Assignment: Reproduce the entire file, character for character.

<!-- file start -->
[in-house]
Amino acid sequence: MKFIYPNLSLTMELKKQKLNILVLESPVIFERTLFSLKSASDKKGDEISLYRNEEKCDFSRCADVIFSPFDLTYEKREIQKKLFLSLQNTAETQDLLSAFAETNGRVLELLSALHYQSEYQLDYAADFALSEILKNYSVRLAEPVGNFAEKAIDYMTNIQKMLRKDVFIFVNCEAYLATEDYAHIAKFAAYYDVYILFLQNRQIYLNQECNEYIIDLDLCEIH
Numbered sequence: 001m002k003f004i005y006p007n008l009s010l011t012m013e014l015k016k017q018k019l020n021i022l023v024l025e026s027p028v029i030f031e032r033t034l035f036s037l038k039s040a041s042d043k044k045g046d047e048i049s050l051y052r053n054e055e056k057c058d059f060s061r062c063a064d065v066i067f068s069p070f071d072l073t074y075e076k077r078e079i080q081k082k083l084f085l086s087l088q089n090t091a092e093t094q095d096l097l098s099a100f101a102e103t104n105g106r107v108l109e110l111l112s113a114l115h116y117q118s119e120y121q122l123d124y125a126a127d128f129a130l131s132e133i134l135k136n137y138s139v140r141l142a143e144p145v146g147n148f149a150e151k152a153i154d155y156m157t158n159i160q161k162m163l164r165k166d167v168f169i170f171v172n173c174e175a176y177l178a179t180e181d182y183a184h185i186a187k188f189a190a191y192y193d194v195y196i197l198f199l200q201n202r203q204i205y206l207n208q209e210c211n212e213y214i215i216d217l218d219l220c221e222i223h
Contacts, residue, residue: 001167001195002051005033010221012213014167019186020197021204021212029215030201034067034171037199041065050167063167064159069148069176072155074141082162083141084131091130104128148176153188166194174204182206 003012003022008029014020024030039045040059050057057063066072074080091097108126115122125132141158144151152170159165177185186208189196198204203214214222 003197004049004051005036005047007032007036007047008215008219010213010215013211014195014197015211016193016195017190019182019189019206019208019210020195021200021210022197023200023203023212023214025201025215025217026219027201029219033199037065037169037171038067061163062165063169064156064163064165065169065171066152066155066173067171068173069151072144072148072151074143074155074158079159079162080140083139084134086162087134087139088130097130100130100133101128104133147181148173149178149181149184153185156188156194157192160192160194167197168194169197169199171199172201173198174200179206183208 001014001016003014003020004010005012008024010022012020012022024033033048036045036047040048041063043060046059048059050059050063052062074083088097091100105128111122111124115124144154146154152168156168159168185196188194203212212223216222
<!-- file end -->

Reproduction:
[in-house]
Amino acid sequence: MKFIYPNLSLTMELKKQKLNILVLESPVIFERTLFSLKSASDKKGDEISLYRNEEKCDFSRCADVIFSPFDLTYEKREIQKKLFLSLQNTAETQDLLSAFAETNGRVLELLSALHYQSEYQLDYAADFALSEILKNYSVRLAEPVGNFAEKAIDYMTNIQKMLRKDVFIFVNCEAYLATEDYAHIAKFAAYYDVYILFLQNRQIYLNQECNEYIIDLDLCEIH
Numbered sequence: 001m002k003f004i005y006p007n008l009s010l011t012m013e014l015k016k017q018k019l020n021i022l023v024l025e026s027p028v029i030f031e032r033t034l035f036s037l038k039s040a041s042d043k044k045g046d047e048i049s050l051y052r053n054e055e056k057c058d059f060s061r062c063a064d065v066i067f068s069p070f071d072l073t074y075e076k077r078e079i080q081k082k083l084f085l086s087l088q089n090t091a092e093t094q095d096l097l098s099a100f101a102e103t104n105g106r107v108l109e110l111l112s113a114l115h116y117q118s119e120y121q122l123d124y125a126a127d128f129a130l131s132e133i134l135k136n137y138s139v140r141l142a143e144p145v146g147n148f149a150e151k152a153i154d155y156m157t158n159i160q161k162m163l164r165k166d167v168f169i170f171v172n173c174e175a176y177l178a179t180e181d182y183a184h185i186a187k188f189a190a191y192y193d194v195y196i197l198f199l200q201n202r203q204i205y206l207n208q209e210c211n212e213y214i215i216d217l218d219l220c221e222i223h
Contacts, residue, residue: 001167001195002051005033010221012213014167019186020197021204021212029215030201034067034171037199041065050167063167064159069148069176072155074141082162083141084131091130104128148176153188166194174204182206 003012003022008029014020024030039045040059050057057063066072074080091097108126115122125132141158144151152170159165177185186208189196198204203214214222 003197004049004051005036005047007032007036007047008215008219010213010215013211014195014197015211016193016195017190019182019189019206019208019210020195021200021210022197023200023203023212023214025201025215025217026219027201029219033199037065037169037171038067061163062165063169064156064163064165065169065171066152066155066173067171068173069151072144072148072151074143074155074158079159079162080140083139084134086162087134087139088130097130100130100133101128104133147181148173149178149181149184153185156188156194157192160192160194167197168194169197169199171199172201173198174200179206183208 001014001016003014003020004010005012008024010022012020012022024033033048036045036047040048041063043060046059048059050059050063052062074083088097091100105128111122111124115124144154146154152168156168159168185196188194203212212223216222